Hillary Clinton, the best-funded, most-prepared, most media-supported candidate in U.S. presidential political history, lost because the FBI had it in for her, according to a new story in The Atlantic.
This is the same FBI whose agents texted each other regularly about their hatred of then-candidate Donald Trump, who talked of “insurance policies” and working with people all over the world to bring him down, who closed an investigation into whether Hillary Clinton violated numerous federal laws with her homebrew server before even interviewing her, whose former director just admitted in a book that he told President Obama he dreaded having to go to work for Trump after Trump defeated Clinton to claim the presidency.
In “How the FBI Helped Sink Clinton’s Campaign: New reports reveal that decisions made by a number of officials, acting out of a variety of motives, injured not Trump’s candidacy – but that of his opponent,” Adam Serwer wrote that leaks from inside the bureau “influenced a series of late-October decisions that damaged Hillary Clinton’s chances in the 2016 election.”
Those leaks, from agents investigating the Clinton Foundation, brought criticism from the conservative press, which forced Comey to announce in late-October 2016 the bureau had reopened the investigation into Clinton’s use of the server and other matters, he wrote.
“In each case, FBI officials violated Justice Department policy against disclosing sensitive information about investigations close to an election, and in each case, they did so to the disadvantage of the Democratic candidate, while the investigation into the Trump campaign’s ties to Russia remained safely confidential,” Serwer wrote.
“In aggregate, these choices produced a series of disclosures by FBI officials that were politically damaging for Clinton, even as the Bureau held its silence about its investigation of whether the Trump campaign was aiding an influence operation carried out by a hostile foreign power.”
FBI agents are not generally political, Serwer wrote, but frustration boiled over that the case they were making had not been taken seriously.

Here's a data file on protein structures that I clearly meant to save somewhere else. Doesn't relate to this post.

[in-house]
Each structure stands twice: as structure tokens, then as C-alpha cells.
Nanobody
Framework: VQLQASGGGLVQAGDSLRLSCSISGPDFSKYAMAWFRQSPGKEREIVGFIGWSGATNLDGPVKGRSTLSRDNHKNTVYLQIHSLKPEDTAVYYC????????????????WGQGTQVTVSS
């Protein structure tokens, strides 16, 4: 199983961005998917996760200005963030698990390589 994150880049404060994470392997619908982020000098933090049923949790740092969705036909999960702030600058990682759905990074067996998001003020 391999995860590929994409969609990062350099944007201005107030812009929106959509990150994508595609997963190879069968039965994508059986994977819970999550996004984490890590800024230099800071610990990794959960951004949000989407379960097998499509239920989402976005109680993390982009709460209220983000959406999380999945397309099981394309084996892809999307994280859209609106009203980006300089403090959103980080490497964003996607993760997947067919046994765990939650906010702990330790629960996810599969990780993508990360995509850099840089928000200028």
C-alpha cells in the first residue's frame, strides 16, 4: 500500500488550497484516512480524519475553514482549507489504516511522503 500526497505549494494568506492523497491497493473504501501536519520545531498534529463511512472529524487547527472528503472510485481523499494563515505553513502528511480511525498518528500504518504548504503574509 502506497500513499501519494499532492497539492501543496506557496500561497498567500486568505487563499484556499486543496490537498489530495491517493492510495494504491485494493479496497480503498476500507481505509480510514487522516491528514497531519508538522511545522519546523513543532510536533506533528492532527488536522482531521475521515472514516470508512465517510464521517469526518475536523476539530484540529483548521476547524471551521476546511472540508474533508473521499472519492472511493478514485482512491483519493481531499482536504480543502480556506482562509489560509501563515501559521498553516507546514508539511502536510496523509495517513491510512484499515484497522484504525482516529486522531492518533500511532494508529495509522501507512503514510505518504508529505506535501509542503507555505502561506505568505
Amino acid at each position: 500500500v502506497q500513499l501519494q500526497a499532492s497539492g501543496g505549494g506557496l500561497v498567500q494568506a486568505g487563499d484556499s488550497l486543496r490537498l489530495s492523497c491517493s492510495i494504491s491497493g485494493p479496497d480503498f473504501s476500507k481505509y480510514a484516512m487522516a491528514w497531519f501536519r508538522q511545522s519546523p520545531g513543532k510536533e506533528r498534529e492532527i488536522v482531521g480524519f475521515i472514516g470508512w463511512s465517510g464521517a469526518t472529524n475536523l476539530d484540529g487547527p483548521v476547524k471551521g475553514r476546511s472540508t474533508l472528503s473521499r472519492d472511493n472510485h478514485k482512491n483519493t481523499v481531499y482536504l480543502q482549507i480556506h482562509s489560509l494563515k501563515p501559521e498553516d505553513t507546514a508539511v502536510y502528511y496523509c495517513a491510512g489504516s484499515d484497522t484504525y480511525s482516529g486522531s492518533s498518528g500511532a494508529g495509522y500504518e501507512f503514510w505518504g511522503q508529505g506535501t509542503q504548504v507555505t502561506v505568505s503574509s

“’It was clear even at the time that the leaks put pressure on Comey to say something,’” he quotes Bruce Green, a former federal prosecutor and a law professor at Fordham University as saying. “Now he has hinted at that. He ought to just say so explicitly: He and our democratic process were hijacked by Trump-supporting FBI agents who disrespected the rule of law. Against that background, any claim that the FBI is somehow out to get the current administration ought to ring hollow.”
Serwer then tried to make the case “nearly all the elements” of Trump’s assertion that a “deep state” coalition of FBI officials and members of the intelligence community sought to bring him down “have unraveled.”
Trump claimed Comey had it in for him.
“But Comey kept quiet about the Trump campaign investigation ahead of the 2016 election,” he argues. “Trump claimed at the Obama administration ordered surveillance of Trump Tower” – an allegation that seems almost certain to be true but which Serwer says “remains unsubstantiated.”
The Lisa Page-Peter Strzok texts, which excoriated Trump and alluded to the “insurance policy” that would be cashed out if he won, were “taken out of context,” he asserts. The memo from House Intelligence Committee Chairman Devin Nunes included accusations that “other Republicans on the committee dismissed.” It links to a story that doesn’t actually say that.
Nunes also claimed, according to Serwer, that the investigation into Trump and Russia was based on the Fusion GPS dossier, “only to be forced to admit that the investigation began months earlier with Trump campaign adviser George Papadopoulos.”
This misleading claim is bandied often. The truth is the FBI’s attempts to obtain warrants from the Foreign Intelligence Surveillance Court were rebuffed until it presented the dossier to bolster its evidence claims.